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DIAGNOSTIC DIGGING. Crop consultant Kevin Kimberley underlined the importance of digging into the soil behind the planter and strip-till bar. To get a look at sidewall compaction fractures and voids left along the seedbed, his preferred digging depth is about 30 inches.
BUILDING ON the success of the inaugural event last year, the 2nd annual National Strip-Tillage Conference, held recently in Iowa City, Iowa, brought together a diverse group of top strip-tillers, ag consultants and researchers who shared experience-based tips and techniques during some 20 presentations and 30 roundtable discussions.
No-Till Farmer editors have assembled some of the top takeaways for farmers to consider for their strip-till systems, which you’ll find below.
Kevin Kimberley of Kimberley Ag Consulting in Maxwell, Iowa, stressed the importance of strip-tillers letting their soil tell them what it needs — and a strip-tiller’s best friend is a spade.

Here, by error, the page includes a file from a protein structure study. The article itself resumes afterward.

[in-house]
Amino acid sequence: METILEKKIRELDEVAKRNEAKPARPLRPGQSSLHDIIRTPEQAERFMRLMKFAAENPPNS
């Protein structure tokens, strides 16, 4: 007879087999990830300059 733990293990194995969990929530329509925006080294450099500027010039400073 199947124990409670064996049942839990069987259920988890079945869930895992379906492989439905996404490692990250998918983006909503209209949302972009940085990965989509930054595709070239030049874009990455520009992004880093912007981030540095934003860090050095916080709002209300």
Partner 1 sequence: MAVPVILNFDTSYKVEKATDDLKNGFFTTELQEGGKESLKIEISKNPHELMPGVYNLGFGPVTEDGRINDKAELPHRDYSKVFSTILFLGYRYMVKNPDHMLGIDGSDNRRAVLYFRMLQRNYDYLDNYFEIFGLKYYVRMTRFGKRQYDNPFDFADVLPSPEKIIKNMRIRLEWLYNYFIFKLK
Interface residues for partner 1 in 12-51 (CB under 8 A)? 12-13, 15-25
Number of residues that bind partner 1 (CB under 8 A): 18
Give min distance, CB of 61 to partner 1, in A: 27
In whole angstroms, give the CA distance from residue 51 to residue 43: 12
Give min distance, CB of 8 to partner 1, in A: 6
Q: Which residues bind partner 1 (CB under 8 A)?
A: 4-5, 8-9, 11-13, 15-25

When digging up a freshly built strip, Kimberley says he’s usually on the lookout for sidewall compaction fractures and voids left along the seedbed. His preferred depth when digging, although it may take some elbow grease, is about 30 inches.
Kimberley also suggests digging up soil behind the planter. When examining seed-to-soil contact and planter downforce, it’s important to cut the furrow down the middle, he says. When looking for the seed, he’s sure to carefully trowel the dirt aside with a flat-edged tool rather than digging for it with a finger.
Often, farmers pack dirt around the seed while looking for it, making…